By Maddy Moloney
You don’t have to drag me to “lazy people anonymous” to get me to admit I have a problem. I’m the girl who is too lazy to get up and change the channel when she cannot find the remote, so instead, I sit through three “Full House” episodes that I’ve already seen rather than getting off my butt and manually changing the channel.
Yet, one of the few tasks I work up energy for is dressing for school. I like getting dressed in the morning; some days, what gets me out of bed is knowing I have a new Forever 21 shirt to pair with my new American Eagle skinny jeans. If I’m going to have to spend nearly eight hours at school, I might as well do it looking cute.
However, for some girls, instead of not finding the remote, they express their laziness via their clothes by wearing yoga pants. Every. Single. Day. This lack in style isn’t only affecting one or two girls — it’s turning into a school-wide epidemic. Girls are tossing aside their bubble skirts and sun dresses and picking up Victoria Secret “bling boot cut yoga pants” to replace their wardrobe.
Yoga pants were originally created for — you guessed it — yoga and dance. The comfy, skin-tight pants turned into a phenomenon when Victoria’s Secret started to sell them in its PINK line. It seems like the more wear the pants get, the worse their reputation becomes, thus making it hard for non-chronic yoga pants wearers to wear the pants without giving off the wrong promiscuous vibes.
Yoga pants not only give off a certain air of laziness, but also when wearing the tight booty-hugging pants every single day, it sends the message that one would want others to have a good look at their bum. The pants are made to hug every curve or lump from the waist down to the knee and often highlight one’s “assets,” which is why yoga pants have become universally popular for not only girls but also hormonal teenage boys.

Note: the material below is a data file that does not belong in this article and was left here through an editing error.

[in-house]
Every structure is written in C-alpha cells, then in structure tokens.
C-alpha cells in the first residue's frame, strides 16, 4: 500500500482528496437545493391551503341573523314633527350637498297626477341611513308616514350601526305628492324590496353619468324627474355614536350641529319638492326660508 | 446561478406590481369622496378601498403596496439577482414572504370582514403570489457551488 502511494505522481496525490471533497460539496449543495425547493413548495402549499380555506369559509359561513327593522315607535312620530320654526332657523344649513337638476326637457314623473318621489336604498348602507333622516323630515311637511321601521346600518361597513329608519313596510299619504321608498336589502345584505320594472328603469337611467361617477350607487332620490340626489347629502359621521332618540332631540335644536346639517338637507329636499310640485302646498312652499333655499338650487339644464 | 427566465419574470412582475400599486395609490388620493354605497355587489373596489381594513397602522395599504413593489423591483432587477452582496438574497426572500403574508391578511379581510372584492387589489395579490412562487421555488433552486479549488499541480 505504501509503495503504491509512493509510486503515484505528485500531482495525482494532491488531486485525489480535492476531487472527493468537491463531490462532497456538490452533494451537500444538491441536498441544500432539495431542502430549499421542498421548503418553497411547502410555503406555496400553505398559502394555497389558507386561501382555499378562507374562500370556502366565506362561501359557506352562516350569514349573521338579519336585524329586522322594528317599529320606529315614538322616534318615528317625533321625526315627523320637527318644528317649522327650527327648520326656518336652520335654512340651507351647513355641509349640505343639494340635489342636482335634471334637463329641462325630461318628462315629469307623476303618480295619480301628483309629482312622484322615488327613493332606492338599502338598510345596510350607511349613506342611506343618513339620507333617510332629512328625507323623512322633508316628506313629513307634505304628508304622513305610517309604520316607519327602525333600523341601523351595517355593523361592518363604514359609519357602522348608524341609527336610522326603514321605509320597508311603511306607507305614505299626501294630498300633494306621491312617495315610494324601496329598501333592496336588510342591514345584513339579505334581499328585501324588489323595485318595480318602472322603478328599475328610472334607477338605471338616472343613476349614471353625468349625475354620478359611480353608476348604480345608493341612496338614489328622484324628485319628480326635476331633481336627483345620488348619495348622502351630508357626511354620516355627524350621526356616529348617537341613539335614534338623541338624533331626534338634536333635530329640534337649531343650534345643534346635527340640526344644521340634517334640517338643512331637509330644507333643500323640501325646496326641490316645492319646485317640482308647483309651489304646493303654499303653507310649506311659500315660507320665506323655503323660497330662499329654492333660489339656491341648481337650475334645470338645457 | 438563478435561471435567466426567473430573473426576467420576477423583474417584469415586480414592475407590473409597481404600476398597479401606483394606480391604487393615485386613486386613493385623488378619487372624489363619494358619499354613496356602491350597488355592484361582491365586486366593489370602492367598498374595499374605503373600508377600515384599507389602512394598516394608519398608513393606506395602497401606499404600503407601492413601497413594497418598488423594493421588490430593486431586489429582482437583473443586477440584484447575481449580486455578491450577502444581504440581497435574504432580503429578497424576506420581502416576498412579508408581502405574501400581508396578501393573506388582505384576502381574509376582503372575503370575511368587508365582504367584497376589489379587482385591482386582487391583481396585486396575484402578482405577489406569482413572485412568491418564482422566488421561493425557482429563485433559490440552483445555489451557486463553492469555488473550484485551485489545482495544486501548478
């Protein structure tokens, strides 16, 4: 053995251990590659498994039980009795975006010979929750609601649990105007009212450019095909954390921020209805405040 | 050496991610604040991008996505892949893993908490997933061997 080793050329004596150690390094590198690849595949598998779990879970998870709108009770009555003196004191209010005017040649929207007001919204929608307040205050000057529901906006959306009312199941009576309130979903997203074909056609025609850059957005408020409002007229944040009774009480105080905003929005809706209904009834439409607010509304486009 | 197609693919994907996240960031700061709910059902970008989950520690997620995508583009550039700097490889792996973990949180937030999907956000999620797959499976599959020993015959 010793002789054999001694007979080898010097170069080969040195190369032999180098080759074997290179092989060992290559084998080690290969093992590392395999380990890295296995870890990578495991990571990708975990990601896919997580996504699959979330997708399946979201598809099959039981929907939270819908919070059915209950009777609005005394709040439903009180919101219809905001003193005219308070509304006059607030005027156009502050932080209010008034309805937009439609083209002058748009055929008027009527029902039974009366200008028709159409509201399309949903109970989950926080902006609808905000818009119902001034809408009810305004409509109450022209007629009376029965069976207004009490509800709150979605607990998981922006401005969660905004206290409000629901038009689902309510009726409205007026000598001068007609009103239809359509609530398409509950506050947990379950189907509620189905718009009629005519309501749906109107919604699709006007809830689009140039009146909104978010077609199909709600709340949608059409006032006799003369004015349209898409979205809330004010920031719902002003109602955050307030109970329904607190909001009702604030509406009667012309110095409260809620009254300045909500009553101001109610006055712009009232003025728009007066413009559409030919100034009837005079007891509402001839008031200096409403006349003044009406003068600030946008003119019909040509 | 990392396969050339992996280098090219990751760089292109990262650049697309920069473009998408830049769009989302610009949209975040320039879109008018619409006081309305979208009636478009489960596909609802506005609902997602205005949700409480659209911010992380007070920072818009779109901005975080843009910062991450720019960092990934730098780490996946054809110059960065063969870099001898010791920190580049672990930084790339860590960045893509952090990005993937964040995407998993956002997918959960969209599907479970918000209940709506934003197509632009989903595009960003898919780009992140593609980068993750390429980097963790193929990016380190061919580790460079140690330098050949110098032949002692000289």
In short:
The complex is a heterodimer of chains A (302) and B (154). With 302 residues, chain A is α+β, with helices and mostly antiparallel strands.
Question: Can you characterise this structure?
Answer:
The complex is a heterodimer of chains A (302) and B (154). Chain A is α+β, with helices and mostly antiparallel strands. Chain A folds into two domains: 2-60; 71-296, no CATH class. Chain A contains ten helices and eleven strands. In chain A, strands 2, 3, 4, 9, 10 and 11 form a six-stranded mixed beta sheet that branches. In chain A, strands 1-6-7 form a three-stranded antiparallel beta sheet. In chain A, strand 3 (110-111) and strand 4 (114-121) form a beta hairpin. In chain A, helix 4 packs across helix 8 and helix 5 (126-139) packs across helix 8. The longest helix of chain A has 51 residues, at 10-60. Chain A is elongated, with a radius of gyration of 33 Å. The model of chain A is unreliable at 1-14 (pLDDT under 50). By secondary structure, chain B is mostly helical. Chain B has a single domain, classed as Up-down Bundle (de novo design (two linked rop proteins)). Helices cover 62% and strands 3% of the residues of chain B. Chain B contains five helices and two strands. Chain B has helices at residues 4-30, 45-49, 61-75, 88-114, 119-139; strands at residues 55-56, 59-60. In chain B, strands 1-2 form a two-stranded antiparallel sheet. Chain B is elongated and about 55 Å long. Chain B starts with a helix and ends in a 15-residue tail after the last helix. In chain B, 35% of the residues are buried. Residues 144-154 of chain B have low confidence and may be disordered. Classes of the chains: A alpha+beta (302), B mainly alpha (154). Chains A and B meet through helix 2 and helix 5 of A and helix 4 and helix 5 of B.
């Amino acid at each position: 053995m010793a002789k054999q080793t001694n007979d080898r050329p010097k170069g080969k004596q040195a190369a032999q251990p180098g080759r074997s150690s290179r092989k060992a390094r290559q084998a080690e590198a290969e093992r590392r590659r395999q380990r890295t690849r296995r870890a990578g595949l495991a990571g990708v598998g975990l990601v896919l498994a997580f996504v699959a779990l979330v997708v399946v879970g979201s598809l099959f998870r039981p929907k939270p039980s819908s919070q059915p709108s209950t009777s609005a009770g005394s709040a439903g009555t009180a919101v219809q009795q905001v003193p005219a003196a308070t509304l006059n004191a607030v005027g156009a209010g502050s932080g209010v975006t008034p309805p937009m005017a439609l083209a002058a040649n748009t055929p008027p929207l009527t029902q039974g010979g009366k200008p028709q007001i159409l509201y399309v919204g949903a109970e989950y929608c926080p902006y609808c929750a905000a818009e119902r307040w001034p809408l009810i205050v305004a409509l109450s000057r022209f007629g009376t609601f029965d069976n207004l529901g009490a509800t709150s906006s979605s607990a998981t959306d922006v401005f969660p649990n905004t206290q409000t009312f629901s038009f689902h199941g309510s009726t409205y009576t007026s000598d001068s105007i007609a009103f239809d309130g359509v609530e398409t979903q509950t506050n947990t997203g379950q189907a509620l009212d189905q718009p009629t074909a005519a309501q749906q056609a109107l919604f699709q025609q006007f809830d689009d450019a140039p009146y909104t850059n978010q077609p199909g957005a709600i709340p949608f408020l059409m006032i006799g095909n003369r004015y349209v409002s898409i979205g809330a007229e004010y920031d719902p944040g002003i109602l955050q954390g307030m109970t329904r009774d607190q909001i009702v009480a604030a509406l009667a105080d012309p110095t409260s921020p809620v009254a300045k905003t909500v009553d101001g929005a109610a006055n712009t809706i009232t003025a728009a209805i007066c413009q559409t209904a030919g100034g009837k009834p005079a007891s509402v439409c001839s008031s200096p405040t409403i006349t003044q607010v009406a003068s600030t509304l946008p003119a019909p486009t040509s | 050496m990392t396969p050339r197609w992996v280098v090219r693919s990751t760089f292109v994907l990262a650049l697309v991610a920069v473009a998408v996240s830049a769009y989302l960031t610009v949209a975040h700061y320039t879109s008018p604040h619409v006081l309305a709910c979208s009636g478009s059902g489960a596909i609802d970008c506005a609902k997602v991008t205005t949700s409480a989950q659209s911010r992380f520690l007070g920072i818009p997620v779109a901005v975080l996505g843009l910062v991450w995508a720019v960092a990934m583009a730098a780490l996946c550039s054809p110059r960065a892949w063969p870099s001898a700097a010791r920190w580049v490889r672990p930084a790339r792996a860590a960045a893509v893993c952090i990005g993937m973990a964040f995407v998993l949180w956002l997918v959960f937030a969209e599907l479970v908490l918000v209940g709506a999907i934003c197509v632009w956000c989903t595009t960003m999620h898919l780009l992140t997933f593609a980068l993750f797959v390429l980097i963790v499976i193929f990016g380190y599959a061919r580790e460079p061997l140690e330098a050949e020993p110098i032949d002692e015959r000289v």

The appeal for teenage boys is like that of Sonny the cuckoo bird to cocoa puffs — both are “cuckoo for coco puffs.”
“I absolutely love them; they make the booty pop,” said sophomore Eric Friedrichs, who rates yoga pants a 9.5 out of 10 of women’s clothes.
Yoga pants themselves are not the problem. The problem is that yoga pants have been slapped with the reputation of attention-seeking or carelessness because certain culprits obsessively wear them. The reputation has been brought down therefore ruining the respectability of yoga pants for the sane wearers.
I’m not saying girls need to disown their yoga pants, but they could simply expand their wardrobe variety to more than the colors and patterns of the fold over waist. The soft fabric and comfy stretchy material earns an A plus in my book, which is why I have invested in a pair with a green cheetah print fold over waist.
As the old saying goes, “everything is good in moderation.” Don’t ditch the spandex all together, but I would suggest just limiting yourself to once-a-week-wears and finding new creative ways to express laziness. Unless that’s too much work, in which case, just misplace the remote.